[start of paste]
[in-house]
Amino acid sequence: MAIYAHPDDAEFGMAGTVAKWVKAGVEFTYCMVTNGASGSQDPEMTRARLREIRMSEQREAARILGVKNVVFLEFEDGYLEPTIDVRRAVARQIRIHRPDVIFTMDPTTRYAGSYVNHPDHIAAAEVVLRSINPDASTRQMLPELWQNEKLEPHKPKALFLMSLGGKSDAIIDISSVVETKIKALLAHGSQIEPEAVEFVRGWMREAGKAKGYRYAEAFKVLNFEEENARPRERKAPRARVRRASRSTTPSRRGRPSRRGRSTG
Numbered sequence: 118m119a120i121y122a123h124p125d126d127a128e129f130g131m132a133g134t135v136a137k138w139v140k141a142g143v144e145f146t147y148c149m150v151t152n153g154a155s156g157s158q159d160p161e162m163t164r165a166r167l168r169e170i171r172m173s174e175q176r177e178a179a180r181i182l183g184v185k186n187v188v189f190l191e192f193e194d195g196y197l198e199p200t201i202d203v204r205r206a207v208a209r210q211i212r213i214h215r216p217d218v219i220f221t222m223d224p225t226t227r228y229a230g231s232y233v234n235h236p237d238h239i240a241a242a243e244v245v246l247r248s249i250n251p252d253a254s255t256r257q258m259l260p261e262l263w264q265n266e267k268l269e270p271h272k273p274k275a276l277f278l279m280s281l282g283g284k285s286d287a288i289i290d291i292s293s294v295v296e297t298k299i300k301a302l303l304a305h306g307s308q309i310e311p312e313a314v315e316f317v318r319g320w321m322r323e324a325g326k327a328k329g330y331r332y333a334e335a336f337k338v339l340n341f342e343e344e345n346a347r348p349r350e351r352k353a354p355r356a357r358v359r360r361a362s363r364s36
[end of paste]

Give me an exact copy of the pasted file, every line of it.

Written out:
[in-house]
Amino acid sequence: MAIYAHPDDAEFGMAGTVAKWVKAGVEFTYCMVTNGASGSQDPEMTRARLREIRMSEQREAARILGVKNVVFLEFEDGYLEPTIDVRRAVARQIRIHRPDVIFTMDPTTRYAGSYVNHPDHIAAAEVVLRSINPDASTRQMLPELWQNEKLEPHKPKALFLMSLGGKSDAIIDISSVVETKIKALLAHGSQIEPEAVEFVRGWMREAGKAKGYRYAEAFKVLNFEEENARPRERKAPRARVRRASRSTTPSRRGRPSRRGRSTG
Numbered sequence: 118m119a120i121y122a123h124p125d126d127a128e129f130g131m132a133g134t135v136a137k138w139v140k141a142g143v144e145f146t147y148c149m150v151t152n153g154a155s156g157s158q159d160p161e162m163t164r165a166r167l168r169e170i171r172m173s174e175q176r177e178a179a180r181i182l183g184v185k186n187v188v189f190l191e192f193e194d195g196y197l198e199p200t201i202d203v204r205r206a207v208a209r210q211i212r213i214h215r216p217d218v219i220f221t222m223d224p225t226t227r228y229a230g231s232y233v234n235h236p237d238h239i240a241a242a243e244v245v246l247r248s249i250n251p252d253a254s255t256r257q258m259l260p261e262l263w264q265n266e267k268l269e270p271h272k273p274k275a276l277f278l279m280s281l282g283g284k285s286d287a288i289i290d291i292s293s294v295v296e297t298k299i300k301a302l303l304a305h306g307s308q309i310e311p312e313a314v315e316f317v318r319g320w321m322r323e324a325g326k327a328k329g330y331r332y333a334e335a336f337k338v339l340n341f342e343e344e345n346a347r348p349r350e351r352k353a354p355r356a357r358v359r360r361a362s363r364s36